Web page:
Multiple Myeloma patients.

Urine from a patient with multiple myeloma was obtained with an informed consent from Severalls Hospital, Colchester UK, and urine was kept frozen at -70°C until used. The patient presented with a high level of a monoclonal paraprotein in the serum and urine. The paraprotein was a Bence Jones protein of lambda isotype and presented predominantly as a dimer in the urine, which was designated lambdaRG57. The amount of, lambdaRG57 in the urine was 6mg/ml lambda light chain. The amount of urine creatinine and serum levels of other immunoglobulins were normal.

Isolation of the myeloma paraprotein.

The myeloma paraprotein was isolated according to well established methods (44, 45), involving a concentration step followed by chromatographic purification.

The protein was concentrated in one of two ways:-

1) Ammonium sulphate precipitation, by adding ammonium sulphate to a final concentration of 50% (w/v), followed by incubation at 4°C whilst continuously stirring for 48 hours. The precipitate so formed was isolated by centrifugation at 10 000xg for 20 mins. The precipitate was re-dissolved in a small volume of 5PB at pH 7.5 and stored in 5ml aliquots at -70°C until used.

2) Size exclusion concentration employing, an AmiconTM concentrator and filter (Diaflow, UK) with a cut-off size for proteins greater than 10kD. The urine was forced through the filter under pressure using nitrogen gas at 200lb/in2. This was carried out in the dark at 4°C. The filtration continued until a twenty fold concentration was achieved. The resulting turbid protein solution was dissolved in a small volume of PB at pH 7.5 and stored in 5ml aliquots at -70°C until used.

The protein was isolated using G-75 (Sigma) size exclusion chromatography, and further purified by DE52 (Whatman, UK) anion exchange chromatography. After each procedure the purity of protein was monitored with agarose gel electrophoresis.

The protein concentration was monitored after each step essentially as described (46). Determinations of the absorbances of the protein solution at 235nm and 280nm against a suitable blank, were made, and the following equation employed:

Protein conc. (mg/ml)=Abs235nm - Abs280nm

Spectroscopic Analysis.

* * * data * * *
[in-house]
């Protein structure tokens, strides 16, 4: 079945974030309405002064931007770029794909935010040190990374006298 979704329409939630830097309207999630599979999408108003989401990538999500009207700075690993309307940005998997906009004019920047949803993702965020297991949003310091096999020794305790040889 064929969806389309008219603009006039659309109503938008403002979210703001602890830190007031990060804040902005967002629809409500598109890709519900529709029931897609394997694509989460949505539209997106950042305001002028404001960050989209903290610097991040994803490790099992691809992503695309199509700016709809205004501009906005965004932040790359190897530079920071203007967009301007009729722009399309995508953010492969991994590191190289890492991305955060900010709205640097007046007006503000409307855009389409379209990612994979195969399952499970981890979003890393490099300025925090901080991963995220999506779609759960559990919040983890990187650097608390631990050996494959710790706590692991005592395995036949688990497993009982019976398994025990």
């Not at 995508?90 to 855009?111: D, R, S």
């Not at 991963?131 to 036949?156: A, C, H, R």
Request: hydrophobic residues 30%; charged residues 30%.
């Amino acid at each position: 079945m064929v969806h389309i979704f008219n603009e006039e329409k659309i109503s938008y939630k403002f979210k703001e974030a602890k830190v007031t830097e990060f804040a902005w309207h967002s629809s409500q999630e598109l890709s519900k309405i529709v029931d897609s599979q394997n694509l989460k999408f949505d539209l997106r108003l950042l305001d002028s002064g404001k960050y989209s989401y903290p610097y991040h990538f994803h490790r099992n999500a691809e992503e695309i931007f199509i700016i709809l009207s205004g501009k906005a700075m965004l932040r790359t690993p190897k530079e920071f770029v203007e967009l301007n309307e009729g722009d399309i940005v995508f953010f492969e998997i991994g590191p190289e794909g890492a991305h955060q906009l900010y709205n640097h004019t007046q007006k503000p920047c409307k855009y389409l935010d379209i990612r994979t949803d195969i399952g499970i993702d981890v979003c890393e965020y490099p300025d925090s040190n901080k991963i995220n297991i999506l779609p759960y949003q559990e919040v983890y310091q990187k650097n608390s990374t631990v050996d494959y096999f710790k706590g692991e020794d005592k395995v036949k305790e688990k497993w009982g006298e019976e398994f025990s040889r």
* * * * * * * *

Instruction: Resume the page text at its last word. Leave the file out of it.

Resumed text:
Circular dichroic spectra were obtained in PBS (pH 7.5) and sucrose solution (pH 7.5), in the presence and absence of FPE-free PC/PS phospholipid vesicles (PLVs), as indicated. In all cases, lambdaRG57 was at 2.17µM and the PLV sample contained 128µM lipid. This provided a protein: lipid ratio of 1 : 59 on a molar basis. Circular dichroic measurements were performed at room temperature, taking measurements at UV wavelengths, between 200nm to 260nm. Samples were analysed in a silica quartz cell with a 0.5mm pathlength on a Jasco J600 spectropolarimeter .

Fluorescence measurements were performed using a Perkin Elmer LS-50 spectrofluorimeter (Perkin Elmer, UK) with the excitation and emission wavelengths set at 490nm and 516nm respectively. Stopped-flow rapid mixing experiments were performed using an Applied Photophysics system (Leatherhead, UK), employing a 500nm cut-off filter, with the excitation wavelength set at 490nm. The time resolution of this apparatus was to within a few milliseconds. The data were imported into a data analysis package (Ultrafit, BIOSOFT, Ferguson, MO, USA) and the rate constants determined by fitting the curves to either a single or double exponential decay with offset, employing the following equations,

single exponential with offset: y=y0 · exp -k1t + c

double exponential with offset: y=y01 · exp -k1t + y02 · exp -k2t + c

Where y, is the intensity of the fluorescence signal, y01 and y02 are the initial fluorescence signals determined at t = 0, for rates k1 and k2 respectively, t is the time and c the value of the offset, which represents the endpoint of the exponential decay at t = infinity. The fitting used 95% confidence limits and was carried out using the Gauss-Newton-Marquardt algorithm with robust weighting which rejected outliers with a rejection factor of 6. The corresponding residuals were calculated and the "goodness of fit" was expressed as a X2 value.